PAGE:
Portland State University. Department of History
David A. Horowitz
Term of Graduation
Date of Publication
Master of Arts (M.A.) in History
Regionalism -- United States -- History -- 20th century, Food habits -- West (U.S.) -- History -- 20th century, Federal Writers' Project
1 online resource (vi, 100 pages)
This thesis expands upon food historian Camille Bégin's assertion that the "America Eats" manuscript of the New Deal's Federal Writers' Project was "in tune with the interwar revival of regionalism" in the United States. Using archival material associated with the project and regionalist literature of the period, this study explores the dichotomies inherent in the broader regionalist movement of the Depression Era -- particularly using the project's treatment of the American West. Using foodways as the topic and regionalism as the intellectual framework, the FWP employees sought to document what they believed was the authentic culinary character of the nation among the common folk. This research evaluates whether the West of "America Eats" was an exercise in ethnographic foodways research or an attempt to reassert Frederick Jackson Turner's virulent western man as the authentic national character on the eve of war. As national priorities rapidly shifted in the same timeframe as the development of "America Eats" we can see a transformation in the type of regionalism utilized -- from Howard Odum's famed science of the region to what he derided as "sentimental romanticism," which offered a regionalist veneer but only served at the behest of a larger romantic nationalist project -- remained one of its insoluble contradictions. As US entry into World War II loomed closer and the need for an unambiguous national unity grew, the balance was tipped in the predictable direction, and the "America Eats" treatment of the West returned to Frederick Jackson Turner's values of frontier nationalism. Ironically, the sentimentality adopted by many regionalist thinkers in advance of WWII, represented in the "America Eats" regional essays of the West, spelled the end of the regionalist movement. Just as the trope of the "melting pot" transformed from its original meaning of "strength in pluralism" to "strength in unity" so too did regionalism become another means toward national unity. Depression-Era proponents believed that regionalism offered a perfect balance between nationalist homogenization and sectionalist division; wartime buildup permanently tipped the scale toward the former, and regional folk cultures became important only insofar as they served the larger romantic national project.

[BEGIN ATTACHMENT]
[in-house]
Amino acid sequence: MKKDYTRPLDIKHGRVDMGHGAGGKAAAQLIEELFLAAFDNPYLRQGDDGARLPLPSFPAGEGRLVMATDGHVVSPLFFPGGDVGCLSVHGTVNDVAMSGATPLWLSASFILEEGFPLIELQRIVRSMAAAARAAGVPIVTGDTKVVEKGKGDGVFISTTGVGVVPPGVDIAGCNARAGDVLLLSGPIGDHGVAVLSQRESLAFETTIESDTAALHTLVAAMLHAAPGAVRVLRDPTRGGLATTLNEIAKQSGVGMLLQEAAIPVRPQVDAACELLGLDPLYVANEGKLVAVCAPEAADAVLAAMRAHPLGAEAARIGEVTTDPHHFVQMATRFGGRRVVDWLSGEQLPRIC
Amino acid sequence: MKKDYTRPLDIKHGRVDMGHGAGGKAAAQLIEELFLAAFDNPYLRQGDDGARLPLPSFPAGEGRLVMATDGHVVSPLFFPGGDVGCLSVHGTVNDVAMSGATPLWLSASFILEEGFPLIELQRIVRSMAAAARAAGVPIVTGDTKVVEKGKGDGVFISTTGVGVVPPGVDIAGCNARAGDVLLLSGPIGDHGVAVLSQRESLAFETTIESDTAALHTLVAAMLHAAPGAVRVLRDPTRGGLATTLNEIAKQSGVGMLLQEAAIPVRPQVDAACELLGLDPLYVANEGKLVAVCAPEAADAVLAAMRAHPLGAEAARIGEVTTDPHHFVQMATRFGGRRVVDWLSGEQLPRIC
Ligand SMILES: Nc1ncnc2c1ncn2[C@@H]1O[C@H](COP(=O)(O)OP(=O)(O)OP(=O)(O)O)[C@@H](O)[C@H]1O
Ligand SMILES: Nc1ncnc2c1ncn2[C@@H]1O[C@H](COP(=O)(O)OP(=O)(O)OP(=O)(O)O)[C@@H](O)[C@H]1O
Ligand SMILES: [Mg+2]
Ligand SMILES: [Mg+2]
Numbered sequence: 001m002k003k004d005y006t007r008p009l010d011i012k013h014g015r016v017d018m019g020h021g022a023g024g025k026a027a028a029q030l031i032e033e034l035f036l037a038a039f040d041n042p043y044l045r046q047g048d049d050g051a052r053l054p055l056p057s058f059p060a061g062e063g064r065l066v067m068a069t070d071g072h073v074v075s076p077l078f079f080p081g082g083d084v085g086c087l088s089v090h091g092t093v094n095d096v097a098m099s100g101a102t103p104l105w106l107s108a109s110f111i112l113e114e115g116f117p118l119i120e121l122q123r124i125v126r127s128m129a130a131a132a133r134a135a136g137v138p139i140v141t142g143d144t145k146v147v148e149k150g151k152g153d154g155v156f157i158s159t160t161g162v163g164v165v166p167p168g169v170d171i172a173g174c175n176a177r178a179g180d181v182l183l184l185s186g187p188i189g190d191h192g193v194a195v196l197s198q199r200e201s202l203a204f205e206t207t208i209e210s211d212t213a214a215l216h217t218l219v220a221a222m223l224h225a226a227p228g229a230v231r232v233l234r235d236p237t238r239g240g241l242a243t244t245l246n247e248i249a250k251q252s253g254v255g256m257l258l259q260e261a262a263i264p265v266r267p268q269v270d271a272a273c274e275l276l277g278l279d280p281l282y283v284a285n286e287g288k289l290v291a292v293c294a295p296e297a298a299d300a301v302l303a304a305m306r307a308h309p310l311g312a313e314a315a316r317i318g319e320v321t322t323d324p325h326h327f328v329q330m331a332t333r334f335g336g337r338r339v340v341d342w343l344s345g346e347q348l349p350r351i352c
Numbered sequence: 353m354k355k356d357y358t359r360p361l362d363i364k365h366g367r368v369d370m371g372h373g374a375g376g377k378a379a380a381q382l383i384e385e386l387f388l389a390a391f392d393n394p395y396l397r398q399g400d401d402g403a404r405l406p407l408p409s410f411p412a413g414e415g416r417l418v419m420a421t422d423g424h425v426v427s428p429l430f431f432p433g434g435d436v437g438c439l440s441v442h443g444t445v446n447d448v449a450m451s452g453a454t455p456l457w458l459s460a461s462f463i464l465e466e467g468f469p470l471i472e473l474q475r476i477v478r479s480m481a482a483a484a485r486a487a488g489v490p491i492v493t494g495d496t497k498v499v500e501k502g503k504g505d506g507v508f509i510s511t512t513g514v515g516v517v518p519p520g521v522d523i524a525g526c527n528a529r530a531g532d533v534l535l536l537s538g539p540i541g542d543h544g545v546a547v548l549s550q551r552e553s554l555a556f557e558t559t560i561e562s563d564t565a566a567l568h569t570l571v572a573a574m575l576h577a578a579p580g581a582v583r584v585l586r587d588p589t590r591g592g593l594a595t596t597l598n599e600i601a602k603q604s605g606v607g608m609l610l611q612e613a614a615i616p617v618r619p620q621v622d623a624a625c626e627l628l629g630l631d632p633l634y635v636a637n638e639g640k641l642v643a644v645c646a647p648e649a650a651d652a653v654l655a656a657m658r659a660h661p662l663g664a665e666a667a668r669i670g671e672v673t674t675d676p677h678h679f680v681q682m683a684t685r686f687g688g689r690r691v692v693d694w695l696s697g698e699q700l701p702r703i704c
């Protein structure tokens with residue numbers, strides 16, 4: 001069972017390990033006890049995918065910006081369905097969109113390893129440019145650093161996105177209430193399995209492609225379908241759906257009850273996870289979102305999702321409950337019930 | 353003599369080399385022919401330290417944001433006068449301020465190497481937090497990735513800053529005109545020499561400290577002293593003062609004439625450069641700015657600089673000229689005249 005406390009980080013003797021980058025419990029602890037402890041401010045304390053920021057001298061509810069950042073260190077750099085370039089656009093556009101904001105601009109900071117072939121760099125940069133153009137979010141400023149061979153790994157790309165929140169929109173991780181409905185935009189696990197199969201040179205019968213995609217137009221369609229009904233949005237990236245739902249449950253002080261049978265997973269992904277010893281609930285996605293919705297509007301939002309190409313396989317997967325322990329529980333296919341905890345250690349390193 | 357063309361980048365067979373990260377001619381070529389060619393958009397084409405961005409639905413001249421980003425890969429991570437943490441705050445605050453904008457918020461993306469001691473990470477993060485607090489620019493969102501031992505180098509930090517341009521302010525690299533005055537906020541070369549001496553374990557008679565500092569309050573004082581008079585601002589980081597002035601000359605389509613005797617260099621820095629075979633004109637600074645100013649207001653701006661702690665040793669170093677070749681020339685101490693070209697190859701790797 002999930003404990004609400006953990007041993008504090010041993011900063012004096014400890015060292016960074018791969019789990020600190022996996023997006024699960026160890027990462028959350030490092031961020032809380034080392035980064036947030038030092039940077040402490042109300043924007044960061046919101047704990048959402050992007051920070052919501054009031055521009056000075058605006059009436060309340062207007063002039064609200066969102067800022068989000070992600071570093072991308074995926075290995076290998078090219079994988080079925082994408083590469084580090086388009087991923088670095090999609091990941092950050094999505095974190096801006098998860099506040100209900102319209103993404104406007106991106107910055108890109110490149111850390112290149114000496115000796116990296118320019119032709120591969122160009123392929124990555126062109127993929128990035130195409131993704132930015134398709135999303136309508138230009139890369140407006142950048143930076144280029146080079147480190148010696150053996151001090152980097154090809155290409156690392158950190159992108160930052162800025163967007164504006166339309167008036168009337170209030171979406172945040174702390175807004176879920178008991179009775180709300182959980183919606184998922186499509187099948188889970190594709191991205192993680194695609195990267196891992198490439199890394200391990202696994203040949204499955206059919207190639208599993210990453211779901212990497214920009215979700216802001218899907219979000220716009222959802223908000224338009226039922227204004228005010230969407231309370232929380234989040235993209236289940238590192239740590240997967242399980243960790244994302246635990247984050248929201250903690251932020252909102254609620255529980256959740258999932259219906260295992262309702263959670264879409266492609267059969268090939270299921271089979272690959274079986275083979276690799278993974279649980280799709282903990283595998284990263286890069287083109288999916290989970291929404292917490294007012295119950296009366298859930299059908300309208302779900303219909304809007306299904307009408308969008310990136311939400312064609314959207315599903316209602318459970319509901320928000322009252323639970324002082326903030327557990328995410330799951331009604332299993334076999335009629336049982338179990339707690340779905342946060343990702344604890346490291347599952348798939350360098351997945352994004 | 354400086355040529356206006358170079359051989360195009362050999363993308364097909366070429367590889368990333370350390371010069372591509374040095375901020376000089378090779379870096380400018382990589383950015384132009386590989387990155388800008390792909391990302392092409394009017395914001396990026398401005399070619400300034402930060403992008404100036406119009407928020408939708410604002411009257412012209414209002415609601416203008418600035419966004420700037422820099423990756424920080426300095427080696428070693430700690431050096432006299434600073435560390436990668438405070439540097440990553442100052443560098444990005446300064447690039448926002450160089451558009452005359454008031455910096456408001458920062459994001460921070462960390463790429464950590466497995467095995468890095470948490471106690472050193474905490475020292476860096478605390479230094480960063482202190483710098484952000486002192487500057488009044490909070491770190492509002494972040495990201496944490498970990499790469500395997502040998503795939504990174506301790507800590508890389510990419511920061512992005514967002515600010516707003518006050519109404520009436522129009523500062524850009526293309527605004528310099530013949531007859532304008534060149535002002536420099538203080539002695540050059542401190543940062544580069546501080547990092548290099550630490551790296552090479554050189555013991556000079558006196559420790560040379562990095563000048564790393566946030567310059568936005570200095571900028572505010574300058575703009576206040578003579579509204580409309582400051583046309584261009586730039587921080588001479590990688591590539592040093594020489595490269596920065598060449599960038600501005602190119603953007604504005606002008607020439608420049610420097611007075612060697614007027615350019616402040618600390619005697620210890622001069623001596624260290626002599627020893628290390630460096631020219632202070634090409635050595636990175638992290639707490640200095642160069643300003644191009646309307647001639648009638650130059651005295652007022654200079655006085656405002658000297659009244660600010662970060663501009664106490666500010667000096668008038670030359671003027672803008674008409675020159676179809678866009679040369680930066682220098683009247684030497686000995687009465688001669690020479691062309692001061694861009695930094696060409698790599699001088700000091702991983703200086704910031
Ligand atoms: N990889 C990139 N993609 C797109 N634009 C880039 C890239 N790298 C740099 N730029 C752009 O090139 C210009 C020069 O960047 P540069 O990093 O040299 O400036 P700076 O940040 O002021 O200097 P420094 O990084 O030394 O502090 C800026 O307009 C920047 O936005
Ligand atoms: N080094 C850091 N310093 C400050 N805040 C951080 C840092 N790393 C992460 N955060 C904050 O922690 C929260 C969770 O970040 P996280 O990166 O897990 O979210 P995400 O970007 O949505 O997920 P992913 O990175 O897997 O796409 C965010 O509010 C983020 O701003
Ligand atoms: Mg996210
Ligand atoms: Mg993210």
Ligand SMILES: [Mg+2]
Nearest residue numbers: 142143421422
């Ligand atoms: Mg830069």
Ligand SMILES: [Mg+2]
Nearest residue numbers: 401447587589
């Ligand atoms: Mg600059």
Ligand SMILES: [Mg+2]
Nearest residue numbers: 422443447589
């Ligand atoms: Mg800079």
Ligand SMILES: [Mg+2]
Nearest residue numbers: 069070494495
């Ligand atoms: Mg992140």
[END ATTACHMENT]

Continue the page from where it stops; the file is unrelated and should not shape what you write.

© 2021 Icarus J. Smith
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Smith, Icarus J., "Regionalist Romance: "America Eats" and the Culinary Myth-Making of the Federal Writers' Project" (2021). Dissertations and Theses. Paper 5814.